In a previous blog article, I talked about the shadow of things to come. Paul says that following rules and observing religious ritual is just a shadow of things to come. Later in the same chapter in Colossians, Paul explains in more detail what he is getting at. When we are focused only on the do’s and the don’ts and on observing religious rituals, we are focused on the wrong things.
“If with Christ you died to the elemental spirits of the world, why, as if you were alive in the world, do you submit to regulations – ‘Do not handle, Do not taste, Do not touch’ (referring to things that all perish as they are used) – according to human precepts and teachings? These have indeed an appearance of wisdom in promoting self-made religion and asceticism and severity to the body, but they are of no value in stopping the indulgence of the flesh.” (Colossians 2:20-23)
Paul isn’t advocating that followers of Christ abandon self-discipline and self-control and do whatever they like. “Are we to continue in sin that grace may abound?By no means!” (Romans 6:1-2) But, following Jesus doesn’t mean stepping up religious observances and following rules and regulations more closely. The focus on rules and rituals entirely misses the point.
Since some of us are celebrating the Reformation today. I don’t really care about Halloween, so I figure I should say something about the Reformation.
You might call me a reformed Catholic. I grew up in the Catholic Church. When I encountered Jesus Christ, the living Son of God, who shed His glory to become a man, walked in obedience to His own purposes, died on the cross for our sins, and rose again from the dead, my life changed.
When I accepted Jesus Christ as my Lord and Savior, I left the Catholic Church for greener pastures and still waters. I have been involved with and visited many churches since then, and I am still looking for greener pastures and still waters. Along the way, I have learned that Catholics haven’t cornered the market on rigid structures and white-washed tombs.
I recently heard a Sermon on Matthew 3:15. The verse was posited for the proposition that believers in Christ should be baptized as a public expression of faith in obedience to God. This is a pretty fundamental proposition that most Christian denominations would advocate in some form or another.
In Matthew 3, John the Baptist has been preaching repentance, turning to God and baptism to make the way for one who “is coming soon who is greater than I am – so much greater that I’m not worthy even to be his slave and carry his sandals”. This was Jesus, of course. Then we are told that Jesus went to Galilee to the Jordan River to be baptized by John, and John tried to talk him out of it, saying, “I am the one who needs to be baptized by you….” This is the context in which Jesus makes the statement that was the focus of the sermon.
The New Living Translation of the Bible was used for the textual reference. I tend to use the ESV and NASB translations because they are more literal. They are word for word translations, rather than phrase for phrase (or idea for idea) translations, like the NLT. The word for word translations tend to be considered more accurate and more authentic to the original text. These are things I was thinking as I listened to the message, and I wondered what difference a more literal translation would make.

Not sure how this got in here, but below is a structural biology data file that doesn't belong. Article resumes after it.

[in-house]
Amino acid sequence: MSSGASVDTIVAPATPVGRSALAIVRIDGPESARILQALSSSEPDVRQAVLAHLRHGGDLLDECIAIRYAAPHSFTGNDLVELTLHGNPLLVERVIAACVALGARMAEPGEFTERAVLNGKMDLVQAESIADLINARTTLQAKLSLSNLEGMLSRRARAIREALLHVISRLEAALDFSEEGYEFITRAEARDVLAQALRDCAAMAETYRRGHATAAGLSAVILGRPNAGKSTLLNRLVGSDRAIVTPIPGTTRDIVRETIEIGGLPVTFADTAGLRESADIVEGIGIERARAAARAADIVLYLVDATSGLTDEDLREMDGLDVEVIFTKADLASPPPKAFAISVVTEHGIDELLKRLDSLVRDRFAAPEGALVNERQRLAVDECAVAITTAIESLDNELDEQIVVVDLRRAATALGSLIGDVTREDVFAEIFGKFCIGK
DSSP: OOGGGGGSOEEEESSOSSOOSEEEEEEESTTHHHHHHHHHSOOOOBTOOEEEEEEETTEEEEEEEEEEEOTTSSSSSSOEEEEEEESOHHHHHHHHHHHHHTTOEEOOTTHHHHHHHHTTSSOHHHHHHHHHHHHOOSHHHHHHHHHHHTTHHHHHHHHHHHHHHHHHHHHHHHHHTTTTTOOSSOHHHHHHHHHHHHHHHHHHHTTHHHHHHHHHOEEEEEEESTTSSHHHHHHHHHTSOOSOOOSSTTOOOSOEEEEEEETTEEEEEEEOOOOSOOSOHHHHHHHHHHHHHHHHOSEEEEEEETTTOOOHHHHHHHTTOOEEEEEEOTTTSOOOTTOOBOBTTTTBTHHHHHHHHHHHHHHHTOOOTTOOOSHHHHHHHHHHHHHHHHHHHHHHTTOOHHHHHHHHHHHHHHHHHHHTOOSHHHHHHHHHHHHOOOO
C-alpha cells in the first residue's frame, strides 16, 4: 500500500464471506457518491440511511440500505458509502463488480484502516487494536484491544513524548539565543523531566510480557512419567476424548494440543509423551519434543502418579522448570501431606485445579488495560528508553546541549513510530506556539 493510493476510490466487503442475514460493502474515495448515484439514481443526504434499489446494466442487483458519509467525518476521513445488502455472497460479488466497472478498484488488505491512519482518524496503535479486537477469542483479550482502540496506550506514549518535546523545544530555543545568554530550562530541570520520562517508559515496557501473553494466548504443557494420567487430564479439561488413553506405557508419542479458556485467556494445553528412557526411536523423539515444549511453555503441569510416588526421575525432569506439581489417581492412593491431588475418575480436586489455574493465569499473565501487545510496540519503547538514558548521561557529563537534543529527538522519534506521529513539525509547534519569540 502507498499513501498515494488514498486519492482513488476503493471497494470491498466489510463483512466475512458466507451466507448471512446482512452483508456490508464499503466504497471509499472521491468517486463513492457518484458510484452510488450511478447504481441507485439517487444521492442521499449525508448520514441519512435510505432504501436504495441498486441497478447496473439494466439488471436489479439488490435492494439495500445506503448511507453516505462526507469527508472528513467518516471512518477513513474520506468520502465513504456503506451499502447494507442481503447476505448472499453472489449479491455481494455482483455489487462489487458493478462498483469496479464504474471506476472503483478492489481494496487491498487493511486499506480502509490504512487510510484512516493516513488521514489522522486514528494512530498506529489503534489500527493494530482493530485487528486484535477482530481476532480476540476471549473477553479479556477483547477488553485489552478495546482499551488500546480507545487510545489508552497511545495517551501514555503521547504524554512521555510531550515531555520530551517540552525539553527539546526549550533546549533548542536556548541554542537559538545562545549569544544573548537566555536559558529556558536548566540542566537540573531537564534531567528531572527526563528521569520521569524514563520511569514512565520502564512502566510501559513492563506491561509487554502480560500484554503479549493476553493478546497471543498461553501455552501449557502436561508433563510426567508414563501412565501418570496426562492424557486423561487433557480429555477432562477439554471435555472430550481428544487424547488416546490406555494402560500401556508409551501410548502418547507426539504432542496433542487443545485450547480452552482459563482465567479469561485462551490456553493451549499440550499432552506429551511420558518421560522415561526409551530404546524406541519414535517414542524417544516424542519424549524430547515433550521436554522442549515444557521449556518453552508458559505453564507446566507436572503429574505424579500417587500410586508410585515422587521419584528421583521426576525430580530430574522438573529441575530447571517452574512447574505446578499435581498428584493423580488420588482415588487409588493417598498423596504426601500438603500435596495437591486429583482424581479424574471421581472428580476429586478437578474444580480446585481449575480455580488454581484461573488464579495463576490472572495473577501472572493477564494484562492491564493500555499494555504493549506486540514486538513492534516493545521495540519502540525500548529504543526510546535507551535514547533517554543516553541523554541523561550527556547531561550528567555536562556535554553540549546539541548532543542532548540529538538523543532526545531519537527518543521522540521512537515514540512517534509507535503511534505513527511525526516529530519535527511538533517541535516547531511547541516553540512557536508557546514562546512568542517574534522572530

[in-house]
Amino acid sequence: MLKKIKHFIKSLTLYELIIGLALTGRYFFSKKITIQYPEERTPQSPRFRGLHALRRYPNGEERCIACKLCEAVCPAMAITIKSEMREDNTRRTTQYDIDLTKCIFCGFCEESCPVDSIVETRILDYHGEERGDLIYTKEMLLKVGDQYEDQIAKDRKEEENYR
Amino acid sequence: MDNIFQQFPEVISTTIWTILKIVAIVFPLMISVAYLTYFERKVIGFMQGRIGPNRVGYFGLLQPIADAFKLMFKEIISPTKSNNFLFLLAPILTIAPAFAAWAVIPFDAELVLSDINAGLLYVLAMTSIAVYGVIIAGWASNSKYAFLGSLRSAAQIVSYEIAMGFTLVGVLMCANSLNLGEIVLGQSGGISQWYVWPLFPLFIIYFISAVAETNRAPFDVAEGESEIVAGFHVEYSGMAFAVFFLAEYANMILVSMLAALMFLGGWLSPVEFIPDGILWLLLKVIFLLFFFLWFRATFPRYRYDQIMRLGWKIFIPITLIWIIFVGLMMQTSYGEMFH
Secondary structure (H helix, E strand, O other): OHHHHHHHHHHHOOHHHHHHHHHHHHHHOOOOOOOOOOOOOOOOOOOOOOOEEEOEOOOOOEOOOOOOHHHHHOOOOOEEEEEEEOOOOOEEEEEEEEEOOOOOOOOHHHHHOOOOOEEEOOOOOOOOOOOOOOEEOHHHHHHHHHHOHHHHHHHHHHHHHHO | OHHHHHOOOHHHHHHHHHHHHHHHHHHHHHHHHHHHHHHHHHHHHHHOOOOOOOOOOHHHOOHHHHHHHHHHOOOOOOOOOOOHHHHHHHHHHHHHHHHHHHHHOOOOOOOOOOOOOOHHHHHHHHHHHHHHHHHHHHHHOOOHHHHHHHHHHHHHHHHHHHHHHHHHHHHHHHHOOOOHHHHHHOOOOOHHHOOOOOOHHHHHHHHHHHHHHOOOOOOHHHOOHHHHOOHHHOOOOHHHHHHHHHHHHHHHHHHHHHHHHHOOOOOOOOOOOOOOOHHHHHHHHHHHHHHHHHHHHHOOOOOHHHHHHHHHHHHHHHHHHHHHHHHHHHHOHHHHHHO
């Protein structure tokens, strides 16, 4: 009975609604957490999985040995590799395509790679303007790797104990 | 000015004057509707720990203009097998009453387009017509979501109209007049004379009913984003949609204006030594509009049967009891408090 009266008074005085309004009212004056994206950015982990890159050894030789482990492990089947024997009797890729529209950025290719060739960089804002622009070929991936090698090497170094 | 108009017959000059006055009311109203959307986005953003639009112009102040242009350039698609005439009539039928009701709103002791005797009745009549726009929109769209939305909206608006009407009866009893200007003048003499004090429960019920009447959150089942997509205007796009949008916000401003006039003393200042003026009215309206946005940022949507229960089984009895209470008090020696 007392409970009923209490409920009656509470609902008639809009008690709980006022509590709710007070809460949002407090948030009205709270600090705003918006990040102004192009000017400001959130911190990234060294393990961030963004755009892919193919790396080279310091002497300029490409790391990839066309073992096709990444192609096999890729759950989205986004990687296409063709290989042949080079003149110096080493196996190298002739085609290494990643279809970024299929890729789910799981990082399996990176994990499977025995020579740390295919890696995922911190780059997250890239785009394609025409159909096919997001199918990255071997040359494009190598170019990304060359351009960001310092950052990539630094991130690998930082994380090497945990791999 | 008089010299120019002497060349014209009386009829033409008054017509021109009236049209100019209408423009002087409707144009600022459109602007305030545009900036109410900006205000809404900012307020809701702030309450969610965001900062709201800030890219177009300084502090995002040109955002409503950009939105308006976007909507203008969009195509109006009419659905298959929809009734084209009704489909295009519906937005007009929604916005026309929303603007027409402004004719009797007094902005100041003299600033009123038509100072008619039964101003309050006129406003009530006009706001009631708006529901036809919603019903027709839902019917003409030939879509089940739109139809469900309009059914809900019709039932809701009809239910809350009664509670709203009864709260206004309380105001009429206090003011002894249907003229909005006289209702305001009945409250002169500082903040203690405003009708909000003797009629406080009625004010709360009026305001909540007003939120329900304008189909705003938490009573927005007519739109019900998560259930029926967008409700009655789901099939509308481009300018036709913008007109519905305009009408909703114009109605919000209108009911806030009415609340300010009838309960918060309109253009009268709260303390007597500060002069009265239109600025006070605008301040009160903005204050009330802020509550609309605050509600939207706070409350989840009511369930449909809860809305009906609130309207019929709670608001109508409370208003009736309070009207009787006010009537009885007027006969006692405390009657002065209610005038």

Though he had done so many signs before them, they still did not believe in him…. John 12:37
Imagine being there when Jesus lived to hear Him speak, watch Him interact with people and maybe even perform a miracle – right in front of you! How could you not believe?!
It’s easy to think these things. But, what would it really be like? Though Jesus performed many signs in front of people, still they didn’t believe Him. People still believed what they were disposed to believe. People saw what they expected to see.
Would we be any different?
Some people heard Him speak and saw the miracles and believed. But more people heard Him speak, saw the miracles and did not believe. In the 1st Century, they accused Him of performing black magic. Today, we might accuse Him of performing ordinary magic, planting people in the audience and doing sleight of hand.
He would most certainly rock our notions of right and wrong, proper and improper, sense and insensitivity. He would challenge our sacred ideas about ourselves and our freedoms, our causes and our individual rights.
He would be too politically incorrect for the left. He would be too progressive for the right.
Who has believed our message?
And to whom has the arm of the Lord been revealed?
For He grew up before Him like a tender shoot,
And like a root out of parched ground;
He has no stately form or majesty
That we should look upon Him,
Nor appearance that we should be attracted to Him.
He was despised and forsaken of men,
A man of sorrows and acquainted with grief;
And like one from whom men hide their face
He was despised, and we did not esteem Him. (Isaiah 53:1-3)
Like skaters on icy pavement
gliding together into the city skyline,
grey against clouds of snow.
Winter storm warning, veiled
by music and coffee, conversation and silence.
delivered into the Windy City,
Blonde and steel,
she slips into the hurried streets,
the streaming crowd,
Out into the world.
This father beams in consolation.
She doesn’t look back,
blue eyes piercing into her future.
grey fading into western twilight.
slipping past long headlights.
Silence in music playing.
Snow dust, shifting like dry mist,
passing like sands of time.
Falling, the flurries whirling .
How easily she slipped out of my car and into her dreams.
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